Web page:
Edward Thorp Gallery is pleased to present two exhibitions, a selection of seldom seen
works from the late 1940’s to the early 80’s by Henri Michaux. This show continues the
gallery’s long-standing relationship with the works of Michaux having previously
mounted a major survey of the artist in 1984, with a featured article in Art in America
March 1985 by Carter Ratcliff.
“Group Show: Paintings and Drawings” will include drawings and paintings by gallery
and gallery-affiliated artists. Among the artists to be included are Matt Blackwell, Sarah
Gamble, Clare Grill, David Scher, and Judy Simonian.
Henri Michaux was both a poet and a self-taught painter, he viewed drawing as
liberation from words: a new language, rejecting the verbal. He was born in the Belgian
town of Namur in 1899, studied in his formative years at a Jesuit school in Brussels. He
began then abandoned the study of medicine. He started writing in earnest in 1922, soon
becoming known in literary circles. His acquaintance with Paul Klee, Max Ernst, and
Giorgio de Chirico, whom he met in Paris in 1925, inspired him to make his first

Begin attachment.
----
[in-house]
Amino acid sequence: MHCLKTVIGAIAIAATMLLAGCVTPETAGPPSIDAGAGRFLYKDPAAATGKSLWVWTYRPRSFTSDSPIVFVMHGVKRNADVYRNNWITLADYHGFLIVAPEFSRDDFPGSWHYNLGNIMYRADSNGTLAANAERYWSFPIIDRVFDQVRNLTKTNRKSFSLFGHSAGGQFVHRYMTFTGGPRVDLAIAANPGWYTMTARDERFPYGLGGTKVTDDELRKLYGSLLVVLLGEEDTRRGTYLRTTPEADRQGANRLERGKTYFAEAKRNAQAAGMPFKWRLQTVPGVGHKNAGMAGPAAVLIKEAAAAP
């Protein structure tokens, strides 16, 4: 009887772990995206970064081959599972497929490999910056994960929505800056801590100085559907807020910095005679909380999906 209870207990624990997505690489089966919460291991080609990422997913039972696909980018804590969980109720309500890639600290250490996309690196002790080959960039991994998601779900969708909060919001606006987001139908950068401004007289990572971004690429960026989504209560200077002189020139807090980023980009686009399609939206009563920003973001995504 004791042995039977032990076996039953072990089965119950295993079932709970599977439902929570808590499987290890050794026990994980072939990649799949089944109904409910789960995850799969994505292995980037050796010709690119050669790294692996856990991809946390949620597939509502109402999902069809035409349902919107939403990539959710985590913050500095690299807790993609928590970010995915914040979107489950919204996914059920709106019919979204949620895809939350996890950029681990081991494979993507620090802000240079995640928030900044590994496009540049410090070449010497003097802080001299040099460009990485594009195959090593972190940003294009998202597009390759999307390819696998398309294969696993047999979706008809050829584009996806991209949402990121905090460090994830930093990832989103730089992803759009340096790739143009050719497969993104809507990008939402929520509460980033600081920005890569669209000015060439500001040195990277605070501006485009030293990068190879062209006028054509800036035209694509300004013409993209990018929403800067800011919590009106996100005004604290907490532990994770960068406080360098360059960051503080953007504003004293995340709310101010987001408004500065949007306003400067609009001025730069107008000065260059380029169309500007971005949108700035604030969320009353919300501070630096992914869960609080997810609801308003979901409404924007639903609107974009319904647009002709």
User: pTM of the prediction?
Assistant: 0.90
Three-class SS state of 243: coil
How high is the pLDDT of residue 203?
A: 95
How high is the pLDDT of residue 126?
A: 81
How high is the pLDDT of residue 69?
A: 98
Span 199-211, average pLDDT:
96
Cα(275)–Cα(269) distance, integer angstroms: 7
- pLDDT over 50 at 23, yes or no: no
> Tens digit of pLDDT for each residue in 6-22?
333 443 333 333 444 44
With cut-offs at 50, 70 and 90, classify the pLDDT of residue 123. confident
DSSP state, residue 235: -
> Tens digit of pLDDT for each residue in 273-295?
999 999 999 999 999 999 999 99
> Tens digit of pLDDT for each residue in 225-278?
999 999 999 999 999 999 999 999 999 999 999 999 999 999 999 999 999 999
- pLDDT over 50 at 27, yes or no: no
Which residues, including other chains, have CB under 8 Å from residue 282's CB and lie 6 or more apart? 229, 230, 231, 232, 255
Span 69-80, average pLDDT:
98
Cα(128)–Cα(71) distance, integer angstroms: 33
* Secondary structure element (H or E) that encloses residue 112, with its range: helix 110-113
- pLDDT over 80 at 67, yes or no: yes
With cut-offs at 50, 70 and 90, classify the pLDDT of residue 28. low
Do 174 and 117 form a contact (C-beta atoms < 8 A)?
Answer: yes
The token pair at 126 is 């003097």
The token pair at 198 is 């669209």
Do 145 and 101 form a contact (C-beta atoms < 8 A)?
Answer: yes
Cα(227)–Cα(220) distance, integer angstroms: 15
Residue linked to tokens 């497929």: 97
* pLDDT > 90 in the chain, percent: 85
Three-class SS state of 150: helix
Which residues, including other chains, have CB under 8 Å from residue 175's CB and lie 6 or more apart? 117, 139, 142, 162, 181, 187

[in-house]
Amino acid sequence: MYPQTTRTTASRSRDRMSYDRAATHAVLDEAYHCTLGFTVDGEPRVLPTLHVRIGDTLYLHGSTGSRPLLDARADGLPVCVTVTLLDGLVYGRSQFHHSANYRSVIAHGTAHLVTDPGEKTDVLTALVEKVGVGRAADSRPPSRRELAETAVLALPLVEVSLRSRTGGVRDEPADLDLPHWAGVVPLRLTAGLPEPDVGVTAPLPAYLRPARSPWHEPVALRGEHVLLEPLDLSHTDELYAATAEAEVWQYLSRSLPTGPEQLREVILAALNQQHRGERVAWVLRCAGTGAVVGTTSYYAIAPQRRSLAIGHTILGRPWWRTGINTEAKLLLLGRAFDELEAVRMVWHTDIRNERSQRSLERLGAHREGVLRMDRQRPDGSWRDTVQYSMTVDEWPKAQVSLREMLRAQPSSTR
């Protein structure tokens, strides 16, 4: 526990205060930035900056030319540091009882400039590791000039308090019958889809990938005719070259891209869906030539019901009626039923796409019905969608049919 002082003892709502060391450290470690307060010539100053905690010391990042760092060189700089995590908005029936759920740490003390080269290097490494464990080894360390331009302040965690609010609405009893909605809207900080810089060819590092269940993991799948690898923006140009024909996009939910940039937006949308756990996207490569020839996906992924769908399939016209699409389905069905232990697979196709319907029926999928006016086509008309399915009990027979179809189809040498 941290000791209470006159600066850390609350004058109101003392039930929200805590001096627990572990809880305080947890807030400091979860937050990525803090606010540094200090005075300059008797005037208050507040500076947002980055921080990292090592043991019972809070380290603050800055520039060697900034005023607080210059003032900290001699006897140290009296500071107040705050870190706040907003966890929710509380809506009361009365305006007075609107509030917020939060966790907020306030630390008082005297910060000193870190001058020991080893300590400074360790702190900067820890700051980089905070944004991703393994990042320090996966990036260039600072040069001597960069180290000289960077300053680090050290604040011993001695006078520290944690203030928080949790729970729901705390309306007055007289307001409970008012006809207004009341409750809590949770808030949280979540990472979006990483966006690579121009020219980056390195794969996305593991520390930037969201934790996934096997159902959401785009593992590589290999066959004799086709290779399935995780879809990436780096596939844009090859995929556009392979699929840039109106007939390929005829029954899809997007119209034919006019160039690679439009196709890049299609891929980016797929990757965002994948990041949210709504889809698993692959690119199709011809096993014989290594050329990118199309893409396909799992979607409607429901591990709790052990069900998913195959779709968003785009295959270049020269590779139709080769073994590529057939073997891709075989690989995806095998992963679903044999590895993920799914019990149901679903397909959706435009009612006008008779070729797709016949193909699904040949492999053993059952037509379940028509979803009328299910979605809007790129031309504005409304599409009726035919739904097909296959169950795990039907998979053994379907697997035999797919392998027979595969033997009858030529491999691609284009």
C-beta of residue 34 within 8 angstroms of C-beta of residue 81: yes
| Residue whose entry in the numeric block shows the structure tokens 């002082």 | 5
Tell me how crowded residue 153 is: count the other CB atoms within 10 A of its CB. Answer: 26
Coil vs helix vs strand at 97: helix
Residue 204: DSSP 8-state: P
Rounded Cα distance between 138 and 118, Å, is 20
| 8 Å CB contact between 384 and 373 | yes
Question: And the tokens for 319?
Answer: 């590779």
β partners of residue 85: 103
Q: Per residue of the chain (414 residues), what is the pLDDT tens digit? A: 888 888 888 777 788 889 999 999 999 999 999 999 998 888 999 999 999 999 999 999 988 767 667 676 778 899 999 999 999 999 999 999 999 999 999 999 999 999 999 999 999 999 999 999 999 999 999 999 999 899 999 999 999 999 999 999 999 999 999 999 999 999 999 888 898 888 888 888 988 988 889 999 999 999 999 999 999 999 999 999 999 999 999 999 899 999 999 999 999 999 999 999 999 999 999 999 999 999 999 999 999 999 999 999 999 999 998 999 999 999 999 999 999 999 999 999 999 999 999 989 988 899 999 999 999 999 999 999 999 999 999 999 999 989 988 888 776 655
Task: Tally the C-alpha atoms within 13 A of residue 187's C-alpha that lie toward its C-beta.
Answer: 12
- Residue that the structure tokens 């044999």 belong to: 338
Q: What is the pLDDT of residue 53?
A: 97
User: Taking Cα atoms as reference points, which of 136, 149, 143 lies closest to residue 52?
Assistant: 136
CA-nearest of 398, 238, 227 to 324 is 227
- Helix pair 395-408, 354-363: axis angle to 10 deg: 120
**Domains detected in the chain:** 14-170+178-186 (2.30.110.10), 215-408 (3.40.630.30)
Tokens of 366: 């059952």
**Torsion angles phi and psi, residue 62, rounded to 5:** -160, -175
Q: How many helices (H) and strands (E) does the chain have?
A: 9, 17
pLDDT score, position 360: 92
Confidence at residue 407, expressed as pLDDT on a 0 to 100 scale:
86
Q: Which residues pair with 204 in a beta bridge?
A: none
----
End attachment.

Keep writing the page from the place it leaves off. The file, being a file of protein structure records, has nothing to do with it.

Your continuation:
painting and drawing. From 1927 to 1937 he traveled extensively abroad, visiting South
America, Turkey, China and India; this experience was a powerful influence on his
work. The early combinations of poetry and drawing led him to form his own
ideograms of expression; this synthesis would be central to Michaux’s work. In 1937
Michaux had his first one-man show at the Librairie-Galerie de la Pléiade followed by
important shows abroad. He experimented with frottage from 1945 to 1947, and
immediately after the accidental death of his wife in 1948 he produced several hundred
visionary ink and watercolor works. By the mid 1950s, Michaux had returned to his
earlier use of ideograms in a series of India ink drawings, through which he became
closely associated with Art informel. Michaux began experimenting with hallucinatory
drugs, particularly with mescaline, executing meticulous ‘all-over’ compositions;
detailed depictions of minute forms, organic shapes and repeating patterns. In 1955
Michaux took French citizenship. During the 1960s he continued to use India ink,
watercolor and pastel; some works of this period suggest figurative elements. He
introduced more color into his work in the 1970s with the introduction of acrylics.
Michaux continued to work until his death in Paris in 1984 at the age of 85.
He exhibited at the Palais des Beaux-Arts in Brussels in December 1957 and a
retrospective exhibition in Frankfurt/Main in March 1959, works at the "Documenta" in
Kassel in 1959 and 1964; he was awarded the Einaudi-Prize at the Biennale in Venice in
1960. In 1965 he won the National Prize of Literature, which he refused to accept. The
Centre Pompidou, Museum of Modern Art in Paris and the Guggenheim Museum in
New York both had major shows of his work in 1978. A traveling museum show was
mounted in Japan in 1983 and an exhibition “Untitled Passages” took place at the
Drawing Center in New York in 2000.